Authorities in the southwestern Chinese region of Guangxi have suspended a university professor over “politically sensitive” writings, amid an ongoing crackdown on academic freedom by the ruling Chinese Communist Party.
Yang Shaozheng of the Institute of Economics at Guizhou University told RFA on Tuesday he had received notification from the university that his classes are being canceled.
“I received notification from Li Benguang, deputy head of the undergraduate program at the Institute of Economics, telling me that my undergraduate classes have been canceled,” Yang told RFA.
“I asked them why, but they wouldn’t give a reason.”
Yang said he had made further enquiries among the Institute’s management team, and been told that it was “something he said,” and that the order to terminate his classes had come from “higher up.”
Yang said the suspension is likely linked to his questioning on two occasions last month by Guizhou city police regarding his submission of “sensitive material” to a publishing house in the southwestern megacity of Chongqing.
“I sent some of my articles to a retired publishing editor in Chongqing, and they told me that they are now investigating him,” Yang said. “They told me … that I had better keep my mouth shut and not make any kind of political statements.”
“But I told them that my speech is protected under the constitution.”
Yang said it is still unclear exactly what he wrote or said to offend the powers that be.
An employee who answered the phone at the teaching department at Guizhou University declined to give further details.
“The cancellation was at the request of the university, but we in the lower-ranks don’t know the details. You’ll have to ask our leaders,” the employee said. “All they said was that we should cancel his classes.”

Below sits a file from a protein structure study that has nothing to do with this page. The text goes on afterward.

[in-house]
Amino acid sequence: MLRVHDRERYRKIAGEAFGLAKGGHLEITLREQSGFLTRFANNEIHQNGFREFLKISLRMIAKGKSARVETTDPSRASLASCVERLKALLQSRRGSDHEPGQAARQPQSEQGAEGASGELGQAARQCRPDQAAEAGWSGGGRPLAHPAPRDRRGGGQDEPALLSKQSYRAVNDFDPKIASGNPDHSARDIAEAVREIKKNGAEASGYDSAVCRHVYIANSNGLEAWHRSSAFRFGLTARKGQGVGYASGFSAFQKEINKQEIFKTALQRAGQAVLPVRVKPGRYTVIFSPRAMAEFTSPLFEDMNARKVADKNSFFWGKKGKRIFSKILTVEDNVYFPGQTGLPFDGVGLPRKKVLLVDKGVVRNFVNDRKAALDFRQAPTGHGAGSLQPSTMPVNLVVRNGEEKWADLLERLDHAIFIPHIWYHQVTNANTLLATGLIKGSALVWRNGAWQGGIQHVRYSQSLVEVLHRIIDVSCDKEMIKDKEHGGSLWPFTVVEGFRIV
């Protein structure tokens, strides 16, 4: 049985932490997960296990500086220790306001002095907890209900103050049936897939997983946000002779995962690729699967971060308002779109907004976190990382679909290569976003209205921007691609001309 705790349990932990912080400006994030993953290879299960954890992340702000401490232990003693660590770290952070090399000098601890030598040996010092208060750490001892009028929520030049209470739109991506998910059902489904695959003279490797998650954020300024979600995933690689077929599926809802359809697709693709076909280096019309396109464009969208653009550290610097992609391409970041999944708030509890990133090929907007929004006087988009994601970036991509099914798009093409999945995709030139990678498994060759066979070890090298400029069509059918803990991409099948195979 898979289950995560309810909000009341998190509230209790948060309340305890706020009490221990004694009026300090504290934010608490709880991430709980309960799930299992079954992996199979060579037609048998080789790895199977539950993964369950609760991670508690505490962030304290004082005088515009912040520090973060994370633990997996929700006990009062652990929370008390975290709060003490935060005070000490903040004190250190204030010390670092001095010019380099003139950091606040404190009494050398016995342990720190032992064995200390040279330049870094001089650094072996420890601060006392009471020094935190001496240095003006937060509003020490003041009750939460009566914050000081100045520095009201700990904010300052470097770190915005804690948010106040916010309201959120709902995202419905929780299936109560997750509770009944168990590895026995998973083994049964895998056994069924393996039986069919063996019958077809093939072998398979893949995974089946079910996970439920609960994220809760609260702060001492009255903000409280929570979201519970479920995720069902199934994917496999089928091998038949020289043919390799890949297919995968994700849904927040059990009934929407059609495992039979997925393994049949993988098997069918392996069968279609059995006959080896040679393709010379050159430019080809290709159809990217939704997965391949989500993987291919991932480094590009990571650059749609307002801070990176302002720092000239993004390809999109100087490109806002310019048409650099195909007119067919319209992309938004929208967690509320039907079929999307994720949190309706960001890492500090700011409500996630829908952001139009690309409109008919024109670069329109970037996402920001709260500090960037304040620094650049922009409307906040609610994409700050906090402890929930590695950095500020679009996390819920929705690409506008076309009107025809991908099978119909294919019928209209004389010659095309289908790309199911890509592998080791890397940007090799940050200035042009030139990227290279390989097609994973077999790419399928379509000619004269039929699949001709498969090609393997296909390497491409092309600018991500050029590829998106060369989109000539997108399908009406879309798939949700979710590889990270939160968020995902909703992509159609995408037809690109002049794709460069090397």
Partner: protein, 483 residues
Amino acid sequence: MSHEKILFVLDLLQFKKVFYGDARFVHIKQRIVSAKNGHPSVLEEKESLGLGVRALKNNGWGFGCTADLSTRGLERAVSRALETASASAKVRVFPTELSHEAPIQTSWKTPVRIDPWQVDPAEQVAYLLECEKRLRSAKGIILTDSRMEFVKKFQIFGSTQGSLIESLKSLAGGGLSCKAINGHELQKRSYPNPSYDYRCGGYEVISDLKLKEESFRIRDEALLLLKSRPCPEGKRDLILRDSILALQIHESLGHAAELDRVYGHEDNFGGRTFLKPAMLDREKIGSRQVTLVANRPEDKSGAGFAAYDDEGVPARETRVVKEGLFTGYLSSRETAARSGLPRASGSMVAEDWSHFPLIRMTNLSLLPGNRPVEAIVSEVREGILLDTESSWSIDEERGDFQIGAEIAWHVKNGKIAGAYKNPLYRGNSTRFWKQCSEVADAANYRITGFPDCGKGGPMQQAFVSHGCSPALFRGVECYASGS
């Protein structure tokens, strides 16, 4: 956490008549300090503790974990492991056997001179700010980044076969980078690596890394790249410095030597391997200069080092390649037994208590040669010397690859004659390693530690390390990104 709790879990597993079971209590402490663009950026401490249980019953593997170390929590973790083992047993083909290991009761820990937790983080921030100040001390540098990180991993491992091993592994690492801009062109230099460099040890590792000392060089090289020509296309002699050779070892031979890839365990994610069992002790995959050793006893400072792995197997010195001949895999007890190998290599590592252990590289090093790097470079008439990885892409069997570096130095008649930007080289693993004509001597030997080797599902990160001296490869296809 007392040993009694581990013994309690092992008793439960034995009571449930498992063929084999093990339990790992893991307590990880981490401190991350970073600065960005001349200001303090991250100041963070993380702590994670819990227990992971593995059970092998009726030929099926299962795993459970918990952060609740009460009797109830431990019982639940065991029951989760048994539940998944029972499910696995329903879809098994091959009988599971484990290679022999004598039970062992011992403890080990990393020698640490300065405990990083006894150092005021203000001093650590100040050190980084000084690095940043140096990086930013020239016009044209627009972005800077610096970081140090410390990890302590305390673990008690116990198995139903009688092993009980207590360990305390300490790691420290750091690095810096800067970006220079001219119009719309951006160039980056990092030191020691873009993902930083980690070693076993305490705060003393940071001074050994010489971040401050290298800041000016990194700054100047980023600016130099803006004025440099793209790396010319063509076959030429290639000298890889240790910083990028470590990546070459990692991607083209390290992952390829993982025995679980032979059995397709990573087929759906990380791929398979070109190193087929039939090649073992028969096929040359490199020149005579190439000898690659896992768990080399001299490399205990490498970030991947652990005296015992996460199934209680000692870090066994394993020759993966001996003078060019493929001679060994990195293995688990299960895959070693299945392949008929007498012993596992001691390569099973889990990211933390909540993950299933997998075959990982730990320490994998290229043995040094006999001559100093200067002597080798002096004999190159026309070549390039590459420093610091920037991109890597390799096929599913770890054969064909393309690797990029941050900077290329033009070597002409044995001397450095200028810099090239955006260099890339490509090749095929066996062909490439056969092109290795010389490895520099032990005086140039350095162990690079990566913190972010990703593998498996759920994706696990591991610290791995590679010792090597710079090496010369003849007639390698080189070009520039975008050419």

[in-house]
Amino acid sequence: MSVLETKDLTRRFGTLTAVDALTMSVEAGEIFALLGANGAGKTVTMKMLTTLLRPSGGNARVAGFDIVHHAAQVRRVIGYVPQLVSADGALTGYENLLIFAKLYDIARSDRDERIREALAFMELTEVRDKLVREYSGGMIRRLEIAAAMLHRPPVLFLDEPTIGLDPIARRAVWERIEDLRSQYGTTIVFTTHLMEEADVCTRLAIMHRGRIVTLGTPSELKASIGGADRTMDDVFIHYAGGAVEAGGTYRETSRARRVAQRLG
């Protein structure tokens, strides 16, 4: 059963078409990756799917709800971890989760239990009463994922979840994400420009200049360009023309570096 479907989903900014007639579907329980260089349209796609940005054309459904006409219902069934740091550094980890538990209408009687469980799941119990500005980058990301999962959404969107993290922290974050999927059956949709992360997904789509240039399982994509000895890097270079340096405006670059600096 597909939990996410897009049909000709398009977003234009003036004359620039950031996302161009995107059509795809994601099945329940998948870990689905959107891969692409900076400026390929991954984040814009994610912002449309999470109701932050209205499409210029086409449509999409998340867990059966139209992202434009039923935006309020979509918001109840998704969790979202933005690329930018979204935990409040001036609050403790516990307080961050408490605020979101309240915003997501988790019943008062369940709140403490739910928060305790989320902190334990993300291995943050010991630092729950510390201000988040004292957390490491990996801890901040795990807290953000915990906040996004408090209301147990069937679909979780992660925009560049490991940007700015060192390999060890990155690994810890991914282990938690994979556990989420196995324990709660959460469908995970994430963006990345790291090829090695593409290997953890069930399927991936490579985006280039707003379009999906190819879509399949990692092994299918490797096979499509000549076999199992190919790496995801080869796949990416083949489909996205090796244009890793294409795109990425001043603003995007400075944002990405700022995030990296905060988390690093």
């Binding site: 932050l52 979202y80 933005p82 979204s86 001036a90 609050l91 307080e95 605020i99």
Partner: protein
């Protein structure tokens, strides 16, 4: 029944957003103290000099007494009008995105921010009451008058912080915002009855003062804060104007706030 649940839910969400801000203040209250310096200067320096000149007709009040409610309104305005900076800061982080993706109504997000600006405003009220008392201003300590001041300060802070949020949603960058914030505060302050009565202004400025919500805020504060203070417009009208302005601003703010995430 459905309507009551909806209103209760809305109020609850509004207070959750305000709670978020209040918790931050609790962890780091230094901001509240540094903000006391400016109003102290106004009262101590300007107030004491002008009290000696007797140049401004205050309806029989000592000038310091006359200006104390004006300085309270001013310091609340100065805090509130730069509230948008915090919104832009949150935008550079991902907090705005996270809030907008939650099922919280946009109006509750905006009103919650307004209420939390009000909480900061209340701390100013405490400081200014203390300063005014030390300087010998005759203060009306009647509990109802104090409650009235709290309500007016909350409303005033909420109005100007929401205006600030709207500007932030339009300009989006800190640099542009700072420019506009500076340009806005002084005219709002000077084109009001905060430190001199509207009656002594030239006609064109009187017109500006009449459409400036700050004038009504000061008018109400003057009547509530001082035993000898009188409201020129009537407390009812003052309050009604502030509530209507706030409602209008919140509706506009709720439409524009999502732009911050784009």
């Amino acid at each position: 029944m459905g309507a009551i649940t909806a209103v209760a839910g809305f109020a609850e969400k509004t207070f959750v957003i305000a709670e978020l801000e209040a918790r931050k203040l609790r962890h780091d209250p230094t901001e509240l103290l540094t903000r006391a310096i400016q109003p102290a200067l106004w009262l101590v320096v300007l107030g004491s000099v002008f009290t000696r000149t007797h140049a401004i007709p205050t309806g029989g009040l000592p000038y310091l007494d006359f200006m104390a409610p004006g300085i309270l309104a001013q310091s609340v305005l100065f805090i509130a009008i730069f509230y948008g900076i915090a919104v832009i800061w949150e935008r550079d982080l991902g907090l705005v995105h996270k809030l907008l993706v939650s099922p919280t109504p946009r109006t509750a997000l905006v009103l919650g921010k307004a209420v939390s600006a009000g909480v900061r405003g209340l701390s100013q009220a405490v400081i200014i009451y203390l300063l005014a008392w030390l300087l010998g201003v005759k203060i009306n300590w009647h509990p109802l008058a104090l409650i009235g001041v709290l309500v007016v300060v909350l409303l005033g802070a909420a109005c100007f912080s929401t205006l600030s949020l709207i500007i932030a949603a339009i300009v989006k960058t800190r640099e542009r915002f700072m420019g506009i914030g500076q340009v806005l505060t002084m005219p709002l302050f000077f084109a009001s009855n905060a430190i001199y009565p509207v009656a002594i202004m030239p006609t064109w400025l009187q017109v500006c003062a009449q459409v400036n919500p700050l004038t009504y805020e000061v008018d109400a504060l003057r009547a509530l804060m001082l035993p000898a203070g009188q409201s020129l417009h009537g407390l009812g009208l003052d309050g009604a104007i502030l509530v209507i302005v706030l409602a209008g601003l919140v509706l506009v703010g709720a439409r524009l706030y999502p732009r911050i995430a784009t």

“We … don’t know why they made that decision.”
Rushing to comply
The sanctions against Yang come as the Communist Party sets to work to bring the president’s newly minted “Xi Jinping Thought” into every aspect of public life, including as a research topic in universities.
“Xi Jinping Thought on Socialism with Chinese Characteristics for a New Era” was enshrined in the party constitution at the 19th party congress last month, and at least 20 universities responded by rapidly setting up research institutes for the study of the president’s ideology.
Local officials are now scrambling to find public ways to demonstrate their loyalty to Xi in the wake of the party congress, analysts say.
Members of the Communist Party have also been warned in clear terms to stay away from “wrong words” online, which it defines as anything that departs from the official line.
Retired Shandong University professor Sun Wenguang said everyone working in higher education in China is currently under huge political pressure.
“It makes no difference if you are a full professor or just a lecturer. Once they stop you working, then you have no way to earn a living,” Sun said. “There’s no way you can go to a different university to teach.”
“All universities in China are run by the Communist Party, and they all have Communist Party committees [in charge of them],” he said.
There are also signs that Beijing is extending its academic censorship overseas.
Publishers Allen & Unwin have withdrawn a book exposing the Chinese Communist Party’s activities in Australia from publication at the 11th hour after last-minute “legal advice,” the book’s author said in media interviews.
Charles Sturt University author and ethicist Professor Clive Hamilton said his book details the low-key and sometimes clandestine efforts of Chinese Communist Party agents within Australia’s borders to influence public opinion.
Earlier this month, Springer Nature, which publishes Nature and the Scientific American, blocked access to some 1,000 journal articles to Chinese internet users because they contained banned keywords relating to political topics such as Tibet, Taiwan, or the Cultural Revolution (1966-1976).
The company said it had blocked the articles, all of which appeared in the Journal of Chinese Political Science and International Politics, in keeping with “local rules and regulations.”
n August, the Cambridge University Press (CUP) said it had censored more than 300 articles from the China Quarterly academic journal’s China website at the request of media regulators in Beijing, citing similar reasons.
However, CUP later reversed the decision, and refused a later request from the State Administration of Press and Publications, Radio, Film and Television (SAPPRFT) to block around 100 articles published by the Journal of Asian Studies.
Reported by Wong Siu-san, Hai Nan and Lam Kwok-lap for RFA’s Cantonese Service, and by Yang Fan for the Mandarin Service. Translated and edited by Luisetta Mudie.